My Bridgestone Turanza tires have been standard equipment on DC minivans for some time now and the Tire Rack site shows that DC Minivans owners mostly say they are OK, unlike owners of Toyota Sienas and other Japanese cars that use this tire as OE. I can separate out the noise component created by them by noting the changes in sound when I go from new coarse asphalt to new smooth asphalt to old coarse and smooth asphalt to concrete, both smooth (relatively) and grooved. I find their noise to be as good as any others I had on previous cars (Goodyear and Michelin). My '92 van got almost as noisy as my new one when the OE tires wore out at close to 50K miles.
I have test driven three other new T&C minivans and found two neighbors who own stow and go versions of DC products. None of the others exhibit the levels of noise that mine does - I can hear a faint a/c compressor whine, but it is very low level and quickly subsumed in other noises. My noise is very loud at slow speeds (quite a bit of my local driving is at 30 mph or less - 15 in the manufactured home community in which I live) before the exhaust noise builds at around 1300-1400 rpm, then adds to the growling roar at speeds of 40-45 and above.
Two different dealers have looked it over and say they can't find anything.
One other thing I notice, this car, like the other two DC minivans I owned, exhibits a bit of vague steering and wandering over road dips when the tires are inflated to normal pressures. On the other two, I merely bumped up the tire pressure about 4 lbs over standard and that sharpened up the steering considerably with only a minor increase in ride harshness. This car is so harsh at normal pressures that I haven't tried upping the tire pressure yet.
This is the most unsatisfactory new car I have bought since the 1977 Dodge Aspen sedan that put me off Chrysler products for 15 years. I don't count the 1988 Dodge Colt Vista wagon because that was made by Mitsubishi and was a good car indeed - it might even still be soldiering on as a taxi in Morocco to this day.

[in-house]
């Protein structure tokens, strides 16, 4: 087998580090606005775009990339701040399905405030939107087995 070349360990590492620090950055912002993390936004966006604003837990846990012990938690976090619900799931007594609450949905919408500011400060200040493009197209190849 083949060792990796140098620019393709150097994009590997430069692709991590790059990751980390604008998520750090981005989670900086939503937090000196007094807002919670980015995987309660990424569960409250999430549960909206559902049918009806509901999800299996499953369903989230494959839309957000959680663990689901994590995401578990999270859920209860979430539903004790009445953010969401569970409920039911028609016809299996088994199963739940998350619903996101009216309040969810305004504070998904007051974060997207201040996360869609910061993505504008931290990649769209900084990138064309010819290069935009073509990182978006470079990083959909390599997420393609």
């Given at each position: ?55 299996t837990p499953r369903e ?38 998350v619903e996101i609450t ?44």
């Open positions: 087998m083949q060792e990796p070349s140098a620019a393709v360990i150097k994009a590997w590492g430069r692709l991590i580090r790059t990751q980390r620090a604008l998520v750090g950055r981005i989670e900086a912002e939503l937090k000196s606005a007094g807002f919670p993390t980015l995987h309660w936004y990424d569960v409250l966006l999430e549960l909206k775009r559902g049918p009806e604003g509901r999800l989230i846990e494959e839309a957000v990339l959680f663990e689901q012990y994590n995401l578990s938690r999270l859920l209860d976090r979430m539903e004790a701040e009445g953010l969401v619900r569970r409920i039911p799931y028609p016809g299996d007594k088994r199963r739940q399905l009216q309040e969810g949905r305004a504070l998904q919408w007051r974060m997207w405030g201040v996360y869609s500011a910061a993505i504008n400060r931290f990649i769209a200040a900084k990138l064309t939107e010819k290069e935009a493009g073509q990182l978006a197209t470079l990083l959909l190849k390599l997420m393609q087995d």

#3291 of 4276 Re: Noisy Stow and Go minivans Part 2 [veritasusa]
Sep 27, 2005 (2:57 pm)
This is really weird problem you have. Maybe it's something simple like DCX didn't use sound insulation in your firewall? Maybe it's something so obvious that everyone is overlooking? Keep us updated on this one!!
#3292 of 4276 Re: Noisy Stow and Go minivans Part 2 [veritasusa]
Sep 27, 2005 (7:28 pm)
that's a rather lengthy response, but forgive me please, you only addressed the question i posed to you related to tire inflation.
FWIW, my van's original OE tires were Bridgestone Potenzas (ODY LX) and they were noisy at recommended pressure and moreso with more pressure. They showed a great deal of sensitivity to surface, being louder on concrete and cut surfaces used to channel water. They wore out at about 25K. I replaced them with the ODY EX OE tire Michelin Symmetry, and I'm quite certain, on my van, they are much quieter w.r.t. noise levels...
I understand your frustration, and the fact that a few dealerships supposidly looked at the vehicle. Unfortunately, it looks like you need to do more sleuthing on your own.
I was supplying a number of questions to help you think outside the box about potential root causes. I like the suggestion that perhaps they didn't install firewall insulation...Did you check that? I think that more unlikely than other possibilities, but I think you need to start by casting a wide net, and starting as if noone has looked at your car.
Have you had someone else drive while you ride in the passenger seat? It may help with sound localization.